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Protocol for a randomized controlled trial evaluating the effect of physical activity on delaying the progression of white matter changes on MRI in older adults with memory complaints and mild cognitive impairment: The AIBL Active trial

DOI: 10.1186/1471-244x-12-167

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Abstract:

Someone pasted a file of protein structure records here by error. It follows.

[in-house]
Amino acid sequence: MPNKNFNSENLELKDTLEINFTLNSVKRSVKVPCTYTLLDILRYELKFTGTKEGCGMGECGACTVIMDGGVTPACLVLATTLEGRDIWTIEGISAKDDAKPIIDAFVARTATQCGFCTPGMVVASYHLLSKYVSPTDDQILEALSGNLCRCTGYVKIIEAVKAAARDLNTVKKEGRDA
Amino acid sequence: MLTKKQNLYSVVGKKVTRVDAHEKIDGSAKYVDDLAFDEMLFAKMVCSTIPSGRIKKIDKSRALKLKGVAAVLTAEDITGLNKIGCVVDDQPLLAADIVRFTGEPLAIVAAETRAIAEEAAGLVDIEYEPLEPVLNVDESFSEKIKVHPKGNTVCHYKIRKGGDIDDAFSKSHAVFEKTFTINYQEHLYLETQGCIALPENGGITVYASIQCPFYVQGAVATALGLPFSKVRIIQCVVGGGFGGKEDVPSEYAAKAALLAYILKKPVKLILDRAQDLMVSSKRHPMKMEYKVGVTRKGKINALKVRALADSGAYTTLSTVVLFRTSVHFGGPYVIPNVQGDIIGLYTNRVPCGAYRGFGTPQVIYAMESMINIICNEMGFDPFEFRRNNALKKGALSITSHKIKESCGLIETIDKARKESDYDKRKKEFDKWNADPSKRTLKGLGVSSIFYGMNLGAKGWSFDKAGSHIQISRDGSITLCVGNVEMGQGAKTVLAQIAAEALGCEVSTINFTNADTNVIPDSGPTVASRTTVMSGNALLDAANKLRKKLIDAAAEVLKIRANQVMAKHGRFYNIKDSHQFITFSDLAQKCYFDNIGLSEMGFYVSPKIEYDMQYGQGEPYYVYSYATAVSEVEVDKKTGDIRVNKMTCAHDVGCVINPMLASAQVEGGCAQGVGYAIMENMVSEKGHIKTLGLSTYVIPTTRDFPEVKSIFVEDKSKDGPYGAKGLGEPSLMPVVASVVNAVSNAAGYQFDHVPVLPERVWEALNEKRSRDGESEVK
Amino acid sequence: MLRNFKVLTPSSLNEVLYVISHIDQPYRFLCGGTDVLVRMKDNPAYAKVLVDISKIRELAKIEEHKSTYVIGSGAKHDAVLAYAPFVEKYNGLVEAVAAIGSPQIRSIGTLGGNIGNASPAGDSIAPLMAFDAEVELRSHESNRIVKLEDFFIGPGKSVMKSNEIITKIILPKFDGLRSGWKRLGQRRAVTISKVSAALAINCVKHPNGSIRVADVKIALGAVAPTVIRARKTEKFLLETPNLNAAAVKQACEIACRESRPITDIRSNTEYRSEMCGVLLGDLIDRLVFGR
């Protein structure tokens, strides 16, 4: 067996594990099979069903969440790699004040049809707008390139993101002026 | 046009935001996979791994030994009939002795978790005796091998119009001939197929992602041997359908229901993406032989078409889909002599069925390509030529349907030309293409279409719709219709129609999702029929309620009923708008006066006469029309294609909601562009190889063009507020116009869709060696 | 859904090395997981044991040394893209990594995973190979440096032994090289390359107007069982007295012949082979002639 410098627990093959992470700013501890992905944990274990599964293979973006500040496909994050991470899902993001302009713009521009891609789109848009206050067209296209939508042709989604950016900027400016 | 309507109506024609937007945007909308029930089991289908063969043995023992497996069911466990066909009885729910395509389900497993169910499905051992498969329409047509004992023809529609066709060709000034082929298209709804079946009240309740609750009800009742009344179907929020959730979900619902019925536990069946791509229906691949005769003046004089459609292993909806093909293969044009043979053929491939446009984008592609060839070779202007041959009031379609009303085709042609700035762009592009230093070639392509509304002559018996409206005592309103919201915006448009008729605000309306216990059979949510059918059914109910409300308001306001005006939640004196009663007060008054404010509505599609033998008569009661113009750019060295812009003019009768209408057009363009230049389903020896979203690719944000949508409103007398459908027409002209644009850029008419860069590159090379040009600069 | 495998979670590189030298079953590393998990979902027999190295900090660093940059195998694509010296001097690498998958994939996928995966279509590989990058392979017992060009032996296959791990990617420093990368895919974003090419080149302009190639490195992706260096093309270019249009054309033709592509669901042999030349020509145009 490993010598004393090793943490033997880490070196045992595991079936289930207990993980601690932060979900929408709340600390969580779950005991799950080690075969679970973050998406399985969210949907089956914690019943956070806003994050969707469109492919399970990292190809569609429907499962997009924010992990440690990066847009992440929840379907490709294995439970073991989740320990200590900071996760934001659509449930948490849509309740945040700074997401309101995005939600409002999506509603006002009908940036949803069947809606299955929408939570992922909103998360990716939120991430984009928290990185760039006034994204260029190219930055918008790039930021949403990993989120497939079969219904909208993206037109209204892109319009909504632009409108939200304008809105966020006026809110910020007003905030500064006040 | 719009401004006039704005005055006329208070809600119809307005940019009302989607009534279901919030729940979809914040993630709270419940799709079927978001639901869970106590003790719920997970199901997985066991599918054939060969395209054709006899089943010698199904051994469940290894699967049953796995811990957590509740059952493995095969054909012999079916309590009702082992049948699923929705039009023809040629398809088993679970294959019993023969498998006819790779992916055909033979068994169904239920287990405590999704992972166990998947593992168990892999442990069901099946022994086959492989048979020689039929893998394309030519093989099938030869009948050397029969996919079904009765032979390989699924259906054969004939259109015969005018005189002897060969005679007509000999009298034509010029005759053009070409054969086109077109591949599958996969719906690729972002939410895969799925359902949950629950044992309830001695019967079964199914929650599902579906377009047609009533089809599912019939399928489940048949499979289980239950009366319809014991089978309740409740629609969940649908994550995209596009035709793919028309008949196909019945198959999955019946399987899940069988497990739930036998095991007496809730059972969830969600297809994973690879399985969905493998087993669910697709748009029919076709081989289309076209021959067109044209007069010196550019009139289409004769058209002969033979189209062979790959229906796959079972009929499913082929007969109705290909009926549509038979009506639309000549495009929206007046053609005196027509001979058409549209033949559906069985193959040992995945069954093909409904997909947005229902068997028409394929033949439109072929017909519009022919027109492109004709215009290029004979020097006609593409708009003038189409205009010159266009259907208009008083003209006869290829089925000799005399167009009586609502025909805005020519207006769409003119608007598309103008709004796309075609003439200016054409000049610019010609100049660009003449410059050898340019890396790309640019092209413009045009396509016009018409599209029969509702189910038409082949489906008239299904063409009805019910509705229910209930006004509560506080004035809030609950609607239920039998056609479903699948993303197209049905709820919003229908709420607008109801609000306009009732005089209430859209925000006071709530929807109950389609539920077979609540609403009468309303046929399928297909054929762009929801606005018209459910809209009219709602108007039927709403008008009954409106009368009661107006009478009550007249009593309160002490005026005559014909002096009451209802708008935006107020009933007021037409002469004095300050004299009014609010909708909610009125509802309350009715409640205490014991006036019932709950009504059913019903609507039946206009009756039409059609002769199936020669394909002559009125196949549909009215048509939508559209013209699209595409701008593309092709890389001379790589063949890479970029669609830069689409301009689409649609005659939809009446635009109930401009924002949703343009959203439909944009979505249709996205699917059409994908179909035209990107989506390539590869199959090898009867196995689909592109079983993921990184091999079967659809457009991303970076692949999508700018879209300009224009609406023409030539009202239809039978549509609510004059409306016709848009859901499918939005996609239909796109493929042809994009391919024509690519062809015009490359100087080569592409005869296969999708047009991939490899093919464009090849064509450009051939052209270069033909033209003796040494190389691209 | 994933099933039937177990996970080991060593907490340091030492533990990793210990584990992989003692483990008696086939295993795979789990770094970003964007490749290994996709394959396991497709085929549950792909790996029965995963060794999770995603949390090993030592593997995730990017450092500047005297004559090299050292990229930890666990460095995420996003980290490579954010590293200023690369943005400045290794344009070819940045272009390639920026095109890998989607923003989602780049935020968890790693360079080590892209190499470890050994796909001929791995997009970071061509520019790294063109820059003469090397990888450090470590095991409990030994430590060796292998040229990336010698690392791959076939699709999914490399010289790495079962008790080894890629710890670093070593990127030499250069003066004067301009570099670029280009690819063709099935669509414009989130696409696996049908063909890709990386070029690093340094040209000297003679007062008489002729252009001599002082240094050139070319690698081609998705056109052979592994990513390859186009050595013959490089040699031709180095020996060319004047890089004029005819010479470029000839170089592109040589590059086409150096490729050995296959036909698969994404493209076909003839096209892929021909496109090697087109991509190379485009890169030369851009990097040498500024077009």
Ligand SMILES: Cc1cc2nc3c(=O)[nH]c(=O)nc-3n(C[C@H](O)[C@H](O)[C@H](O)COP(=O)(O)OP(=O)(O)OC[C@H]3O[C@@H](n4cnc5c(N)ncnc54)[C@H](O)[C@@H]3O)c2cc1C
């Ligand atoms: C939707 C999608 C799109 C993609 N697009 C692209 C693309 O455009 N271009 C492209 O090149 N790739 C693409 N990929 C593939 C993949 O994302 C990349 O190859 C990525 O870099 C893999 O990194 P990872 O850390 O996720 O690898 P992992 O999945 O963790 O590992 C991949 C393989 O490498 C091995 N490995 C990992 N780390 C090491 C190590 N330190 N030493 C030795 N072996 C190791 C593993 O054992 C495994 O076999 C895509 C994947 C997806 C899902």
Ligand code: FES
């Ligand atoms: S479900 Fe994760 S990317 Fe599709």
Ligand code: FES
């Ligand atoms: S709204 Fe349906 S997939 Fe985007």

This single-blind randomized controlled trial (RCT) is offered to 156 participants, aged 60 and older, in the Melbourne arm of the Australian Imaging Biomarkers and Lifestyle Flagship Study of Aging (AIBL). Participants must have SMC with or without MCI and at least one VRF. The PA intervention is a modification of the intervention previously trialed in older adults with SMC and MCI (Fitness for the Ageing Brain Study). It comprises 24 months of moderate, home-based PA (150 minutes per week) and a behavioral intervention package. The primary outcome measure will be change in WMH after 24 months on MRI. Cognition, quality of life, functional fitness, level of physical activity, plasma biomarkers for cerebrovascular disease and amyloid positron emission tomography (PET) imaging comprise secondary measures.Currently, there is no effective pharmacological treatment available to delay cognitive decline and dementia in older adults at risk. Should our findings show that physical activity can slow down the progression of WMH, this RCT would provide an important proof of concept. Since imbedded in AIBL this RCT will also be able to investigate the interaction between vascular and Alzheimer's disease pathologies.Australia New Zealand Clinical Trials Registry ACTRN12611000612910The proportion of the global population aged over 60 years is expected to increase from 11% in 2009 to 22% by 2050 [1]. With increased longevity comes a greater risk of developing age-related diseases, including cognitive impairment and dementia. In 2010, the estimated number of people with dementia worldwide was 35.6 million with a projected increase to 115.4 million people by 2050 [2].Older adults at risk of cognitive decline are those free of dementia but with subjective memory complaints (SMC) and mild cognitive impairment (MCI). SMC is defined as complaining about a deterioration of cognitive function without showing objective impairment on cognitive testing [3] and MCI additionally requires objec

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